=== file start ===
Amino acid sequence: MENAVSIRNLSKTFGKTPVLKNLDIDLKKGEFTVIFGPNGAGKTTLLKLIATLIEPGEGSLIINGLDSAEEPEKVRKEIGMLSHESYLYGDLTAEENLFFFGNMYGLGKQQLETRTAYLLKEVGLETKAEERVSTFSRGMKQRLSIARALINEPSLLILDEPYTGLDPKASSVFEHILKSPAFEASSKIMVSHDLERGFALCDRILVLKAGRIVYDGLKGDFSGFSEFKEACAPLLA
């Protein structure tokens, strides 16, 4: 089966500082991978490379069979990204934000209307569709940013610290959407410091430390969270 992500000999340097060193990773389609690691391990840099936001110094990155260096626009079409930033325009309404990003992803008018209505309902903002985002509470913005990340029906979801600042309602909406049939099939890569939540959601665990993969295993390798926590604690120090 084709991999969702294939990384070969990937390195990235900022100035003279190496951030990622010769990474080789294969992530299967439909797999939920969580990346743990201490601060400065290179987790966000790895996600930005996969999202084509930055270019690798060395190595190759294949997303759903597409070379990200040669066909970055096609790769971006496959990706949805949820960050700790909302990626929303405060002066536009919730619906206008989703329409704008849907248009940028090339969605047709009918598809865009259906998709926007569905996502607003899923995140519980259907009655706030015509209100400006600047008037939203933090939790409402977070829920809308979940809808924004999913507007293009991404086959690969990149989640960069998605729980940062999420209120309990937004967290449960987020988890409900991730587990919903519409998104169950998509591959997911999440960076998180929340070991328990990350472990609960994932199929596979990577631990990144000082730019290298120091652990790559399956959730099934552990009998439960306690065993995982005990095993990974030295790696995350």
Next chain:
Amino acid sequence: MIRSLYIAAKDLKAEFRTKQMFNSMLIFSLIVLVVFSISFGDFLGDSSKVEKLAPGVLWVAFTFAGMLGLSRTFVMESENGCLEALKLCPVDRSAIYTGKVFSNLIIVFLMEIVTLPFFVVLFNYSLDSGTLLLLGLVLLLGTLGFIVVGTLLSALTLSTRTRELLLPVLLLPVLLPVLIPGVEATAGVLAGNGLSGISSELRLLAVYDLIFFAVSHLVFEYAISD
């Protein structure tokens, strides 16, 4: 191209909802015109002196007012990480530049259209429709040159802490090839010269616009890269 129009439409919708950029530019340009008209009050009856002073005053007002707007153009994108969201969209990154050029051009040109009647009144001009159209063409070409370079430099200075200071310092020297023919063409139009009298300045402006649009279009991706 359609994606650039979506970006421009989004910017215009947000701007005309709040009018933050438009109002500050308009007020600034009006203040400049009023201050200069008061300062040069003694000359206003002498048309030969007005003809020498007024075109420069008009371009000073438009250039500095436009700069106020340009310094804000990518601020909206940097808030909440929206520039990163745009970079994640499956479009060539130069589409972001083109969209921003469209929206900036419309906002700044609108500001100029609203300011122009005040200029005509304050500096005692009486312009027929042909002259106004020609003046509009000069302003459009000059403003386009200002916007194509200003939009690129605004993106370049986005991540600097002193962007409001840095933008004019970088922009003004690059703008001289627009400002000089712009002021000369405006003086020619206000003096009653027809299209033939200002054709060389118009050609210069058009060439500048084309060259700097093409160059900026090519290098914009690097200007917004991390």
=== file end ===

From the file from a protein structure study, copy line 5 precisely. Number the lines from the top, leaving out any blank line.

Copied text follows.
């Protein structure tokens, strides 16, 4: 191209909802015109002196007012990480530049259209429709040159802490090839010269616009890269 129009439409919708950029530019340009008209009050009856002073005053007002707007153009994108969201969209990154050029051009040109009647009144001009159209063409070409370079430099200075200071310092020297023919063409139009009298300045402006649009279009991706 359609994606650039979506970006421009989004910017215009947000701007005309709040009018933050438009109002500050308009007020600034009006203040400049009023201050200069008061300062040069003694000359206003002498048309030969007005003809020498007024075109420069008009371009000073438009250039500095436009700069106020340009310094804000990518601020909206940097808030909440929206520039990163745009970079994640499956479009060539130069589409972001083109969209921003469209929206900036419309906002700044609108500001100029609203300011122009005040200029005509304050500096005692009486312009027929042909002259106004020609003046509009000069302003459009000059403003386009200002916007194509200003939009690129605004993106370049986005991540600097002193962007409001840095933008004019970088922009003004690059703008001289627009400002000089712009002021000369405006003086020619206000003096009653027809299209033939200002054709060389118009050609210069058009060439500048084309060259700097093409160059900026090519290098914009690097200007917004991390």